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Bonded Lining/Interlining

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  • Bonded Lining/Interlining

    I know that this has been around a while and I have never used it. However, I have a single curtain to make for myself and I am tempted to use it for that as a trial. It will be in my hall, so clients will see it when they arrive, so I want it to look good. IF I use this instead of the normal two-layer approach, what is the right way to do the side and bottom hems? I don't want them looking thin and empty compared to the rest of the curtain. Should I take the bonded stuff right up to the edges and bring the face fabric round afterwards and stitch as you would with the interlining? This will mean that there will be no lining hanging loose at the back.

    Has anyone used the Evans Satin Fleece Lining which seems a good half way house?

    Any suggestion or is the answer don't use. Assume there is a market for this stuff as Evans appear to have expanded their range of bonded products since I last looked.

    Thanks,
    Sue.

  • #2
    Re: Bonded Lining/Interlining

    Hi Sue,

    I really don't like this bonded lining. I was asked to use it by a client and wish I'd said no. If you do hand pleated headings you can 'get in under control' a little but, with taped headings it just seems to have a life of it's own and I find it very stiff!

    The only way I managed to stitch face fabric to it and retain some bulk in the leading and back edge, was to bring it right to the fold and then double over the face fabric onto the lining and slip stitch into place ON TOP of the bonded lining, rather than sitting the lining on top of the face fabric edge as you would normally do.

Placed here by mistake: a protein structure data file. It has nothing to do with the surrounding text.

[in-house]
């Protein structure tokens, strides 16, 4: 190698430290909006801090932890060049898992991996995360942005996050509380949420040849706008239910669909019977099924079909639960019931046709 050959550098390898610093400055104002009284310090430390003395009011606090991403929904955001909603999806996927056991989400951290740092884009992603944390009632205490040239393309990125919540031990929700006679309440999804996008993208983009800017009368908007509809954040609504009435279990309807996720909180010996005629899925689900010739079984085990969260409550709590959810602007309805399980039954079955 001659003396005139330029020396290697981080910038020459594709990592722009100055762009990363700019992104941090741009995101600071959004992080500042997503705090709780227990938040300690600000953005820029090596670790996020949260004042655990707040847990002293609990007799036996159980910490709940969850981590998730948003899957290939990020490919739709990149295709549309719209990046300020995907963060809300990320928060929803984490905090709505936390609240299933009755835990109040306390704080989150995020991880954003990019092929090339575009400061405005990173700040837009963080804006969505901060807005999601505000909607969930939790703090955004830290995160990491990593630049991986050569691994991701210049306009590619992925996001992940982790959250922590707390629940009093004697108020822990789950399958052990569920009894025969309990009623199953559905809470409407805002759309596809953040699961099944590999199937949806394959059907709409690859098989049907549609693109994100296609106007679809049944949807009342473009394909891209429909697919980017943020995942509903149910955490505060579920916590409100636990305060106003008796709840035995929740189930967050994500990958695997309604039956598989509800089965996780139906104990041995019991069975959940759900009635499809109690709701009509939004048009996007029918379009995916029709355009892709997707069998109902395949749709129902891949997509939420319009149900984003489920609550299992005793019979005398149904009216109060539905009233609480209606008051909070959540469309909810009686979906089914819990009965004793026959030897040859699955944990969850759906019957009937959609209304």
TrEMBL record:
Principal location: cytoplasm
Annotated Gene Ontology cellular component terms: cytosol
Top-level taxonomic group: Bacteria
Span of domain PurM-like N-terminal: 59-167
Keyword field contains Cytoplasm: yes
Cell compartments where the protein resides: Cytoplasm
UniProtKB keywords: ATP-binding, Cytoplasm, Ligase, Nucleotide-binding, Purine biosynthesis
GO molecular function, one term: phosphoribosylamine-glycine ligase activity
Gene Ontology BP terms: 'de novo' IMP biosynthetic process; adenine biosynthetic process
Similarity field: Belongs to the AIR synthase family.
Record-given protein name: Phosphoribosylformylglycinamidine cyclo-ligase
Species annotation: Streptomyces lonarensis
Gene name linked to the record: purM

If anyone else has had more success I would be interested to hear, but think I'll stick to traditional interlining and lining. I know this is all LA now offer if you ask for interlined curtains so perhaps a trip to LA and a good look would be a starting point.

    Oh, it's ok to put inside a roman blind in lieu of interlining and I've used it to pad my work table. I had loads left so do need to find uses for it....

    Sorry not to sound more positive.

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    • #3
      Re: Bonded Lining/Interlining

      Hi Sue

      Sue if you're set on using it you will need to take it right to the edge of your curtain and fold the face fabric back over it and slip stitch down the sides to a false mitre. By very aware that this stuff has the draping ability of wood and doesn't move with fabric at all.. It's stiff and only really suitable for interlining roman blinds.

      Personally Sue, and after knowing all these years, I don't think you'll be happy with the finished product. I have used it on 4 sets of curtains and wouldn't give you a thank you for it again.

      Hope his helps, Sue...

      Philip
      Have you registered your business yet?

      http://www.ukcurtainmakers.co.uk


      A MyDecozo Directory

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      • #4
        Re: Bonded Lining/Interlining

        Thanks, I think I will leave well alone. It was the 'draping ability of wood' that did it for me!
        Sue.

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        • #5
          Re: Bonded Lining/Interlining

          Hi, would have to agree with all the above. However, it DOES have it's uses - I've found it's brilliant for making roman blinds where the client would like a thicker, warmer end product but doesn't want to pay for hand-made. Bag lined romans made with this work really well. I would never again use it for curtains.

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